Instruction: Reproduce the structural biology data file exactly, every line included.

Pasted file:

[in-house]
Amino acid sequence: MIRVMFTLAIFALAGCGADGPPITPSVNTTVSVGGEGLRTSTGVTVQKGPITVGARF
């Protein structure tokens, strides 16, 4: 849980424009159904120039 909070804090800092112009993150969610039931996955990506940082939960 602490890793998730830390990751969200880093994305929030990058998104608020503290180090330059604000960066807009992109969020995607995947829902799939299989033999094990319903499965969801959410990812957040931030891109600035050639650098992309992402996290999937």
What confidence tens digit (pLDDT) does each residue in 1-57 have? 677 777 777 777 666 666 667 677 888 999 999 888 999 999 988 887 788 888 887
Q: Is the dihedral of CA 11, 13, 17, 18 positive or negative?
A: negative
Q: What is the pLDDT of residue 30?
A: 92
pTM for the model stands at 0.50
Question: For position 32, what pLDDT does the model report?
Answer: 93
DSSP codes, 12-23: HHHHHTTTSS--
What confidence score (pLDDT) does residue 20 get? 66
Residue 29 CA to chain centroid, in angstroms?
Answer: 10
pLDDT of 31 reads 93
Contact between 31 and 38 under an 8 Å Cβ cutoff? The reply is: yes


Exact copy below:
[in-house]
Amino acid sequence: MIRVMFTLAIFALAGCGADGPPITPSVNTTVSVGGEGLRTSTGVTVQKGPITVGARF
């Protein structure tokens, strides 16, 4: 849980424009159904120039 909070804090800092112009993150969610039931996955990506940082939960 602490890793998730830390990751969200880093994305929030990058998104608020503290180090330059604000960066807009992109969020995607995947829902799939299989033999094990319903499965969801959410990812957040931030891109600035050639650098992309992402996290999937």
What confidence tens digit (pLDDT) does each residue in 1-57 have? 677 777 777 777 666 666 667 677 888 999 999 888 999 999 988 887 788 888 887
Q: Is the dihedral of CA 11, 13, 17, 18 positive or negative?
A: negative
Q: What is the pLDDT of residue 30?
A: 92
pTM for the model stands at 0.50
Question: For position 32, what pLDDT does the model report?
Answer: 93
DSSP codes, 12-23: HHHHHTTTSS--
What confidence score (pLDDT) does residue 20 get? 66
Residue 29 CA to chain centroid, in angstroms?
Answer: 10
pLDDT of 31 reads 93
Contact between 31 and 38 under an 8 Å Cβ cutoff? The reply is: yes